Week 50: The Day the Earth Stood Still


MPAA#: 44866
Showtime: 9:20
Ticket price: 10.99
Seat: lower right
Shotgun: none
Attendance: 7
Weather: warm, clear
Food: Dr. Pepper, M&Ms
Expectations: optimistic
Met?: no
Pre-show ads: Coke, Toyota, Telus
Trailers: The Wrestler, Terminator: Salvation, The Spirit, Star Trek, X-Men Origins: Wolverine

Review:

Keanu Reeves is Klaatu, emissary from a coalition of alien civilizations, with a simple message for the people of Earth: get your shit together or we will destroy you. I may be paraphrasing a little but that is essentially the story of The Day the Earth Stood Still, both this new version and the 1951 original, and to prove his point, Klaatu’s enforcer Gort disables the weaponry and power grid of the Earth’s major cities. Klaatu is also a thinly veiled reference to Jesus, posing a potential answer to the question of what we would do if such a figure did appear.

The original version of this film is considered to be a high water mark for Science Fiction cinema, a thought provoking and subvsersive change of pace from bug-eyed monsters and other postwar anxieties. Over fifty years later, of course, it is hard to sell this story as a novel idea, and it is a little depressing to consider that the planet is in worse shape now than at the beginning of the Cold War.

So for the creators of this new version, the problem is how to present the story in a way that is relevant to our world today; which is why Klaatu encounters a female xenobiologist (Jennifer Connelly) who is not as much of a damsel in distress as the original. This is a logical change that reflects the reality of our world today and does not negatively impact the movie. It is also the only change I can describe that way.

The other changes? A new subplot about Will Smith’s son Jaden, who is a fine little actor but essentially wasted here. Klaatu’s robot Gort is also given a lot more screen time, and there is more in the way of actual destruction of cities and so on; but the threat of destruction in the original carries a greater weight than CGI set pieces of a plague of nano-locusts eating Giants Stadium.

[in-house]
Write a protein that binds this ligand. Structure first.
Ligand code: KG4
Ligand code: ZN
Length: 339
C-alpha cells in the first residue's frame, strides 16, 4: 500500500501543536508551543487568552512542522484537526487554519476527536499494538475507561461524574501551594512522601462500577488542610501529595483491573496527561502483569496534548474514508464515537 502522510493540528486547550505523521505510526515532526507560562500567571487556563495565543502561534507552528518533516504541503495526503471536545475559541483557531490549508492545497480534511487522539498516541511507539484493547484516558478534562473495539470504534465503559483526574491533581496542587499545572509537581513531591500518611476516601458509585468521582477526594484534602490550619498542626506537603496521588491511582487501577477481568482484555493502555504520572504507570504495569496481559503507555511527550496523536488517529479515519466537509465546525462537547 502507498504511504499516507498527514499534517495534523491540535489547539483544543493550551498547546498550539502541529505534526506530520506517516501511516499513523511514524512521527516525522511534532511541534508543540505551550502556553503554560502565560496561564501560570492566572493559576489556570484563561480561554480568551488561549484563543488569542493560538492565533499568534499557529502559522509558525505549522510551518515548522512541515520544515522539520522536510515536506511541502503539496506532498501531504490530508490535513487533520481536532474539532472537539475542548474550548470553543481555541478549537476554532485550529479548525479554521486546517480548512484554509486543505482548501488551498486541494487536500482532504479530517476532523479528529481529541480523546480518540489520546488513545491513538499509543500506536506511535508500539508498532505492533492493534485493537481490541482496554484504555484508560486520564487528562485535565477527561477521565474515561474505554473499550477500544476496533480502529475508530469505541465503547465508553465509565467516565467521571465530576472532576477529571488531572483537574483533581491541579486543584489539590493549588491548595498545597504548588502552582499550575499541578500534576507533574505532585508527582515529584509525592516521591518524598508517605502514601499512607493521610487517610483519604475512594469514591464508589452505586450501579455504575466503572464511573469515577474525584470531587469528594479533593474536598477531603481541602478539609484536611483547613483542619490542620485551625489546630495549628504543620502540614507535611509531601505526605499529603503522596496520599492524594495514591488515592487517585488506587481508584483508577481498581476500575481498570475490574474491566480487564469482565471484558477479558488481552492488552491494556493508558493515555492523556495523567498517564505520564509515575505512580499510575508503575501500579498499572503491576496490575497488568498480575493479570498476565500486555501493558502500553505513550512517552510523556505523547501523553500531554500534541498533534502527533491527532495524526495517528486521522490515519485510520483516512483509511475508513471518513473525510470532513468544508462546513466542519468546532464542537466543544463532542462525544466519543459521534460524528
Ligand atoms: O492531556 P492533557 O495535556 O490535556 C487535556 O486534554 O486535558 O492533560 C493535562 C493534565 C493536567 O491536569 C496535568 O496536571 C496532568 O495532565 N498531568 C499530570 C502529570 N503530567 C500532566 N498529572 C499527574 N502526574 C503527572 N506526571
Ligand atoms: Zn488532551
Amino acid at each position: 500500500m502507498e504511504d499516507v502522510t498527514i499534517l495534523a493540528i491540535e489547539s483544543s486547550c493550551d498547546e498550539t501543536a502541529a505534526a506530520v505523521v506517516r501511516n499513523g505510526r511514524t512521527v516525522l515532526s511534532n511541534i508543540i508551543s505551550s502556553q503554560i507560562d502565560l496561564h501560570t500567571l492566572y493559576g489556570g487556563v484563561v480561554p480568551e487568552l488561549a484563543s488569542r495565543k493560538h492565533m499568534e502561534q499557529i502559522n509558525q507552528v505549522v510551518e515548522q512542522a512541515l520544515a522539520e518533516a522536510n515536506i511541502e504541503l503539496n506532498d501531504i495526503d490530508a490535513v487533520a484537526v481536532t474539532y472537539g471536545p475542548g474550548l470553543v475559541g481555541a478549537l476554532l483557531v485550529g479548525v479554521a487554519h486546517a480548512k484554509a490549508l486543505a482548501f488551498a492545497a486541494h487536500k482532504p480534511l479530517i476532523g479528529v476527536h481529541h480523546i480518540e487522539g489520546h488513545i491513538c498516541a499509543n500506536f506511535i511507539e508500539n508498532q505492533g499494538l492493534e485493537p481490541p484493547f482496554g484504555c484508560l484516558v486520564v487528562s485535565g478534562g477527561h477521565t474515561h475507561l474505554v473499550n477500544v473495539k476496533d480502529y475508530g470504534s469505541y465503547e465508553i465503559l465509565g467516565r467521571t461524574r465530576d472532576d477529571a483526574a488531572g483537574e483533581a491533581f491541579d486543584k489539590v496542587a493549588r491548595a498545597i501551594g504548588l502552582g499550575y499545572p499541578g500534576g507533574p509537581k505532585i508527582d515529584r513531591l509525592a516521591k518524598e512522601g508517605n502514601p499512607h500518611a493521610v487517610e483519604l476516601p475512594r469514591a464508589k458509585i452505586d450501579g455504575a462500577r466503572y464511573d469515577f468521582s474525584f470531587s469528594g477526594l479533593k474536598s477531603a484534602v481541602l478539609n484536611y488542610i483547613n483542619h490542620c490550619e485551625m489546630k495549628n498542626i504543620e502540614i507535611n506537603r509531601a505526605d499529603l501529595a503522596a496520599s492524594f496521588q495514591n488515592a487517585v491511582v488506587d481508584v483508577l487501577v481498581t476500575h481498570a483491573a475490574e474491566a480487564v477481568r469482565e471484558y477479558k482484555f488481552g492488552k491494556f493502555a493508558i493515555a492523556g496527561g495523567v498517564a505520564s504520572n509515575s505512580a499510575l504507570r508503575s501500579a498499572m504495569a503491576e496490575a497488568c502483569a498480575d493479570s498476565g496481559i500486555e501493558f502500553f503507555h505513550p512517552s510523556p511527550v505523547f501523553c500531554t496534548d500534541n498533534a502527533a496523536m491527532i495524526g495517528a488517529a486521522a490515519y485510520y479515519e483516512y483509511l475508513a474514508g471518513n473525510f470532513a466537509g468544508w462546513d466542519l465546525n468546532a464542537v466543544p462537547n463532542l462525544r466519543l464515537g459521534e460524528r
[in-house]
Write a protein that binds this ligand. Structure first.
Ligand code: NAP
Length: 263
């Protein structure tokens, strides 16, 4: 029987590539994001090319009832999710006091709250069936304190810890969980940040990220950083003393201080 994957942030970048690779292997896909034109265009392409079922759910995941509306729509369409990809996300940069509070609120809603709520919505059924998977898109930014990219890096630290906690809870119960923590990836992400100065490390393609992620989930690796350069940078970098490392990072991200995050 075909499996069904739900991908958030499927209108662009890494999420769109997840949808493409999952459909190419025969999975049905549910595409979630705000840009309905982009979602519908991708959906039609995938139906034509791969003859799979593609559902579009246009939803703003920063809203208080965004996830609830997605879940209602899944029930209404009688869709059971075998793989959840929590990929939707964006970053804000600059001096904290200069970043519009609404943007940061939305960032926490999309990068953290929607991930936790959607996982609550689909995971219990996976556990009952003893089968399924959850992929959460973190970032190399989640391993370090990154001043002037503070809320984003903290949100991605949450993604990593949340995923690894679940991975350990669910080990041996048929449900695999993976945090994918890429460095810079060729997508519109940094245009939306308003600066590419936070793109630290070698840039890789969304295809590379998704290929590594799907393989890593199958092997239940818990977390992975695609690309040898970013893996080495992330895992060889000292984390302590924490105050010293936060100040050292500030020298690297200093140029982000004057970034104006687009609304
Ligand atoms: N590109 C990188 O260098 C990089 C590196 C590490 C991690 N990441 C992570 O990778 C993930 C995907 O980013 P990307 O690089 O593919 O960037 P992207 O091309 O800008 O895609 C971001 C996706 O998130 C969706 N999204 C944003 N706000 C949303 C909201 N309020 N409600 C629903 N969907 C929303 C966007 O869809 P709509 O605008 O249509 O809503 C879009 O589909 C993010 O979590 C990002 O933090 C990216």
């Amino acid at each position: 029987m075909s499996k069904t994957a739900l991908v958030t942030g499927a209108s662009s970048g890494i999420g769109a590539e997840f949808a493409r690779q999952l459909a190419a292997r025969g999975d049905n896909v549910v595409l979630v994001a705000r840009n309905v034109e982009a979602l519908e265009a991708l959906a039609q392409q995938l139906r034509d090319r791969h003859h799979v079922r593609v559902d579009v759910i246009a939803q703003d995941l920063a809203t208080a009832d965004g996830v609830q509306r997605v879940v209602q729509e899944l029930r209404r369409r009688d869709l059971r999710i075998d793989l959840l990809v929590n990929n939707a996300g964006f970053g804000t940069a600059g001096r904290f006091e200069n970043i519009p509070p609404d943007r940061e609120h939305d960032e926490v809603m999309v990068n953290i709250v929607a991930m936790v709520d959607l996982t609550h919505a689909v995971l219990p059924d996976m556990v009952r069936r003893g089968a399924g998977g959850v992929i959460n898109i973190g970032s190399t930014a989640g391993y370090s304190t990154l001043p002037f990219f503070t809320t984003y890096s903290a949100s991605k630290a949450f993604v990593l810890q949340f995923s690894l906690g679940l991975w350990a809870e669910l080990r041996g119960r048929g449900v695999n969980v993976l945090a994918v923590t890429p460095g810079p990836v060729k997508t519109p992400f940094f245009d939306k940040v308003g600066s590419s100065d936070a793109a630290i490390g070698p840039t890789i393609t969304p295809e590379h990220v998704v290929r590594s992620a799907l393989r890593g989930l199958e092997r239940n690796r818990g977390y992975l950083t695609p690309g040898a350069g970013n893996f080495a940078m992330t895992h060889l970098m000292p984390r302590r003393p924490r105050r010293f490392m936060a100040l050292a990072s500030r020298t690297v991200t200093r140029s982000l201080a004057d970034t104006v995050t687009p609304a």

In fact, despite the effects from Peter Jackson’s Weta group- the new Gort is very impressive in his humanoid form- this film leaves the same hollow feel as the recent remake of I Am Legend. Its “all-star” cast including Kathy Bates, Kyle Chandler, and John Cleese give it the air of an Irwin Allen movie of the week or a mid-level “Twilight Zone” episode. I wouldn’t have been surprised if David Janssen had shown up.

There are also a number of strange lapses in logic in the script, such as why Jennifer Connelly is able to evade the US government despite the existence of satellite tracking, wiretaps, and infra-red cameras; or why there are people still on an automotive assembly line when the rest of the world is rioting in the streets.

If someone was developing a remake of Casablanca or The Third Man, hopefully they would respect the source material more than this; but for some reason, Hollywood seems to believe that if they trade on a recognizable title and dial up the special effects, the audience will automatically prefer a Science Fiction or Horror remake to those corny black and white originals. It’s ironic, since The Day The Earth Stood Still is supposed to give us faith in humanity’s better nature and capacity for change. If only the filmmakers practiced what they preach.

Crowd reaction at end of movie: none.
Credit cookie?: no.
For further consideration: you do not show a Gort in the first act without firing it by the third.
Weird credit: what are Sustainable Filming Services?
Opening next week: Seven Pounds, The Tale of Despereaux, The Wrestler, Yes Man, Nothing But the Truth
Hoping for: The Wrestler

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About Scott M

www.potzrebie.com
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